Microsoft today released another round of security updates for Windows operating systems and supported software, including fixes for six zero-day bugs that malicious hackers already are exploiting in active attacks.
June’s Patch Tuesday addresses just 49 security holes — about half the normal number of vulnerabilities lately. But what this month lacks in volume it makes up for in urgency: Microsoft warns that bad guys are leveraging a half-dozen of those weaknesses to break into computers in targeted attacks.
Among the zero-days are:
–CVE-2021-33742, a remote code execution bug in a Windows HTML component.
–CVE-2021-31955, an information disclosure bug in the Windows Kernel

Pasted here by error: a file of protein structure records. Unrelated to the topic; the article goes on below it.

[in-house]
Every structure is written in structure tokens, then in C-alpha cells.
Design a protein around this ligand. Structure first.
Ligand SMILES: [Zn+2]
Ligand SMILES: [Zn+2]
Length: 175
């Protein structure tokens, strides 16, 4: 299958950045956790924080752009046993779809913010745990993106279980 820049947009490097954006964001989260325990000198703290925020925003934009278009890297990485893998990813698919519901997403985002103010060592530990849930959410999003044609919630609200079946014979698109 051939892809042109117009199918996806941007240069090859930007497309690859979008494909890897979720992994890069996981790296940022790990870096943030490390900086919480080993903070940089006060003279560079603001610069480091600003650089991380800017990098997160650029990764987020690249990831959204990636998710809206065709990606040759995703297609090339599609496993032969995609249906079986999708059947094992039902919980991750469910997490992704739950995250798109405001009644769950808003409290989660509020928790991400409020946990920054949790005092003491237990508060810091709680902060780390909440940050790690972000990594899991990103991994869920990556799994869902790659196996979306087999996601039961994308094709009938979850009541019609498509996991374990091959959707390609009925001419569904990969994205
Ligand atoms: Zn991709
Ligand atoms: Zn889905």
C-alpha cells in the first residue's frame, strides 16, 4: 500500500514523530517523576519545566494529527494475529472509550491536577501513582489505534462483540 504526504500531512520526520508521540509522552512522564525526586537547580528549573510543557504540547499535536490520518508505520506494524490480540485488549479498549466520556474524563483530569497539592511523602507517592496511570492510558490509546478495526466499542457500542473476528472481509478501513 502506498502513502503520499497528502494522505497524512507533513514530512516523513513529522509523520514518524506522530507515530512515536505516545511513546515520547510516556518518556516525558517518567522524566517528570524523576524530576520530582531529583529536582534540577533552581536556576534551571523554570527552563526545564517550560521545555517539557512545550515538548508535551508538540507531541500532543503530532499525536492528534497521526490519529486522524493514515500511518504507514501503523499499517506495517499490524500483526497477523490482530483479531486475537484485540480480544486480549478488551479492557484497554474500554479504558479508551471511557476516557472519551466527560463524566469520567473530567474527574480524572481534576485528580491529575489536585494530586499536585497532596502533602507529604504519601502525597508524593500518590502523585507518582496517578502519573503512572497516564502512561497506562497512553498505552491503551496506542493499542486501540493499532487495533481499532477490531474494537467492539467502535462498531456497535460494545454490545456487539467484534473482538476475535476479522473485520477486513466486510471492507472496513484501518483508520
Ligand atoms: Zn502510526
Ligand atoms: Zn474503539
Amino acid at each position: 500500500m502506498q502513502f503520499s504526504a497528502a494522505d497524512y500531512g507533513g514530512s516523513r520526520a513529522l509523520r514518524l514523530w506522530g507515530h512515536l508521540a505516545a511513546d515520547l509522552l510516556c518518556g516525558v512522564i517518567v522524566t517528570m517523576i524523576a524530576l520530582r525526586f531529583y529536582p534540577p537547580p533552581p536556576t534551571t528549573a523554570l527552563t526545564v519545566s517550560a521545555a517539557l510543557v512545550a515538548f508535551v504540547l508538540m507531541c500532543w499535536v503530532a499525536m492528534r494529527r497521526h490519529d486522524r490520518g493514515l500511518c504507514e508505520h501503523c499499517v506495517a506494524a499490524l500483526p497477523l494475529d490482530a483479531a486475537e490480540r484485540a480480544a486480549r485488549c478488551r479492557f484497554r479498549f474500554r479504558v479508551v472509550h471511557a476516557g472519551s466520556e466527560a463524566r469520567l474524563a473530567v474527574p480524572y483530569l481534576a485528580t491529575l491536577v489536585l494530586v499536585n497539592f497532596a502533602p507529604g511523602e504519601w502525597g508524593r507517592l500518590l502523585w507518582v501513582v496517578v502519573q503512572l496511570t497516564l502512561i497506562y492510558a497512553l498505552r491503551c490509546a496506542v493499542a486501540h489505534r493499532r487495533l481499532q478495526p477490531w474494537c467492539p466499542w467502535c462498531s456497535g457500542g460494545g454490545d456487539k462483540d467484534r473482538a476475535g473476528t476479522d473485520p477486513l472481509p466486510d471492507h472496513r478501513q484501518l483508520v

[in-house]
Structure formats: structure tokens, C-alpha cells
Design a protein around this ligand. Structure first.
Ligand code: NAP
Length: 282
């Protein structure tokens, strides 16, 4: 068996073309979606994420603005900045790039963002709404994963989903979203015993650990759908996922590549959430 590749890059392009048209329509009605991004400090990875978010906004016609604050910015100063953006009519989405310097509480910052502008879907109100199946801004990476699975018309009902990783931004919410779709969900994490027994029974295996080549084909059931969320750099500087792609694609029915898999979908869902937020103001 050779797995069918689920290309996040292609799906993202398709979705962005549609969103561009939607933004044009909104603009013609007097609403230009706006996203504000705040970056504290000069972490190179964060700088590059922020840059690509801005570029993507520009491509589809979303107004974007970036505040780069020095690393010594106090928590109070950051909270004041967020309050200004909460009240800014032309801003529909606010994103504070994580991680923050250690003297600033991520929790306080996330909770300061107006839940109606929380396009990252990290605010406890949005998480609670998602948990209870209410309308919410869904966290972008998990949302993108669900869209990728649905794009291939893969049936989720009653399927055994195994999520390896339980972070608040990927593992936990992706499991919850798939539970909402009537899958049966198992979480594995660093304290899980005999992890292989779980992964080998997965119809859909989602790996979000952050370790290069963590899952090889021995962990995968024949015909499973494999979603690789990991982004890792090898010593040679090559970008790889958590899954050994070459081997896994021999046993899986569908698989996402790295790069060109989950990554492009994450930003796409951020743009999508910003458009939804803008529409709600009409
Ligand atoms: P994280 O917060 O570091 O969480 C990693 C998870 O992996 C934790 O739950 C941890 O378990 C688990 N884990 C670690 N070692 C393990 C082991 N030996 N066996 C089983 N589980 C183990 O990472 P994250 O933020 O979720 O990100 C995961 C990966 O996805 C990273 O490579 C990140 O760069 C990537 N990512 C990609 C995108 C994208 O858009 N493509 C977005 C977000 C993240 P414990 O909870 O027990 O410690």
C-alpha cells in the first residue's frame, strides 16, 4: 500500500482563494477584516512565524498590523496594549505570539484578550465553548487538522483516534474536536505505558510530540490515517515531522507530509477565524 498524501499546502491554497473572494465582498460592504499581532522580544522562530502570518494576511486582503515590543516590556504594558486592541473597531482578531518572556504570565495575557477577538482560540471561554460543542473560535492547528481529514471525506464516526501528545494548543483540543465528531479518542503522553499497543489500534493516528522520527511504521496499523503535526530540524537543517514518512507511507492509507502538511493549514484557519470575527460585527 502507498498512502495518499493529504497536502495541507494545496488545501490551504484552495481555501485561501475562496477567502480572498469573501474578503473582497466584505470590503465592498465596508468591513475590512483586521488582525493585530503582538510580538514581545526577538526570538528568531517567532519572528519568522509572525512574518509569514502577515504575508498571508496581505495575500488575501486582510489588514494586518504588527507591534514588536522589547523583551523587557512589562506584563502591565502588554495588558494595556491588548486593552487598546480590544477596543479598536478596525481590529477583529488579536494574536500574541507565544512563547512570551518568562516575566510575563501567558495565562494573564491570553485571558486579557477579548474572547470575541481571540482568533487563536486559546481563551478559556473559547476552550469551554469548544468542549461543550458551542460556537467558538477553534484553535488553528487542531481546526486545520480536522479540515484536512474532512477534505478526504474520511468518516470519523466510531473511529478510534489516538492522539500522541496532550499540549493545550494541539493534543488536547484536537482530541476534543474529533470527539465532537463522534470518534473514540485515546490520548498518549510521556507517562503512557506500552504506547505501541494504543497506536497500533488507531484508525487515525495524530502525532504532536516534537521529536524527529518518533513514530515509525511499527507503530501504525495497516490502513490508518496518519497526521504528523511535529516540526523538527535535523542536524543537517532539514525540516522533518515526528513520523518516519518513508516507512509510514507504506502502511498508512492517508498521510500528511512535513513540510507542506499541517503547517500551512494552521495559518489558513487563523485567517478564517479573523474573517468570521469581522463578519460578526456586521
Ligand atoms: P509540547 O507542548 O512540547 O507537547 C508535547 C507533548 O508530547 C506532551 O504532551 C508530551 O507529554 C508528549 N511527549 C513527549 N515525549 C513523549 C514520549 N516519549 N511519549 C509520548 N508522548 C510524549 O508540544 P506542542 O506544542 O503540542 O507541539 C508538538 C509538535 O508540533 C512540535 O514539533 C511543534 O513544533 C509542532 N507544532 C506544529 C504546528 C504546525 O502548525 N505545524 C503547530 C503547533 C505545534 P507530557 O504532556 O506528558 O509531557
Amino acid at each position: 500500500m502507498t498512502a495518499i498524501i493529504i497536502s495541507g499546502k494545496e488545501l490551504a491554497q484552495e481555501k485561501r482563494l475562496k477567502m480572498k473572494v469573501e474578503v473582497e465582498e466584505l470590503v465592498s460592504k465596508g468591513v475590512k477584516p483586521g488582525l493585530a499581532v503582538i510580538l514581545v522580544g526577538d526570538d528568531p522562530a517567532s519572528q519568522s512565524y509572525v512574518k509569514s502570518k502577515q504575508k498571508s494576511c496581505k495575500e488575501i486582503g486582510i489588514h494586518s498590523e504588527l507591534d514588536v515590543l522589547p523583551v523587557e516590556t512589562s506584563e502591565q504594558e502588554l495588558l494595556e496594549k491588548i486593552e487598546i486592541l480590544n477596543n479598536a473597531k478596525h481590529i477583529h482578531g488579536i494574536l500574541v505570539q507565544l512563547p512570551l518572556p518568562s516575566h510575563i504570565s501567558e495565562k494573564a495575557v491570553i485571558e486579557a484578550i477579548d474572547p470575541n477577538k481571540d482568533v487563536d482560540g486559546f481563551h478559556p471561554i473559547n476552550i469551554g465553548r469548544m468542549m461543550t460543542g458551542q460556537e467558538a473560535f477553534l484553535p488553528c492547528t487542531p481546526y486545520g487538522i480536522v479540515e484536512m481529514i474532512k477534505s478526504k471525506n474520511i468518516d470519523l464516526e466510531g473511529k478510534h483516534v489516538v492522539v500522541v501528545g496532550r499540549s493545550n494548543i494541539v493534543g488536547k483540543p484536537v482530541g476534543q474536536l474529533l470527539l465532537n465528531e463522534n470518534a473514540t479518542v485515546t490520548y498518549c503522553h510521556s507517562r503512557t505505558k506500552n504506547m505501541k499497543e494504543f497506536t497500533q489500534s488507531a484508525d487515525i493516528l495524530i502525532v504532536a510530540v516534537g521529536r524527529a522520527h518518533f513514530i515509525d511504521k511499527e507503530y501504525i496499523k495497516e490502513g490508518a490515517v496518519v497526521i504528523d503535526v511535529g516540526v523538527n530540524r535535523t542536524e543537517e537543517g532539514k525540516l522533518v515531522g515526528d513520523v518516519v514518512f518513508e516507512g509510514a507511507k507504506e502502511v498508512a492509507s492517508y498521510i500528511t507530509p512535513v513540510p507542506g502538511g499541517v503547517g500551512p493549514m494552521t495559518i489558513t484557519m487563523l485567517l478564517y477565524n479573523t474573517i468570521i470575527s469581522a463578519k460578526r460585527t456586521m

–CVE-2021-31956, an elevation of privilege flaw in Windows NTFS
–CVE-2021-33739, an elevation of privilege flaw in the Microsoft Desktop Window Manager
–CVE-2021-31201, an elevation of privilege flaw in the Microsoft Enhanced Cryptographic Provider
–CVE-2021-31199, an elevation of privilege flaw in the Microsoft Enhanced Cryptographic Provider
Kevin Breen, director of cyber threat research at Immersive Labs, said elevation of privilege flaws are just as valuable to attackers as remote code execution bugs: Once the attacker has gained an initial foothold, he can move laterally across the network and uncover further ways to escalate to system or domain-level access.
“This can be hugely damaging in the event of ransomware attacks, where high privileges can enable the attackers to stop or destroy backups and other security tools,” Breen said. “The ‘exploit detected’ tag means attackers are actively using them, so for me, it’s the most important piece of information we need to prioritize the patches.”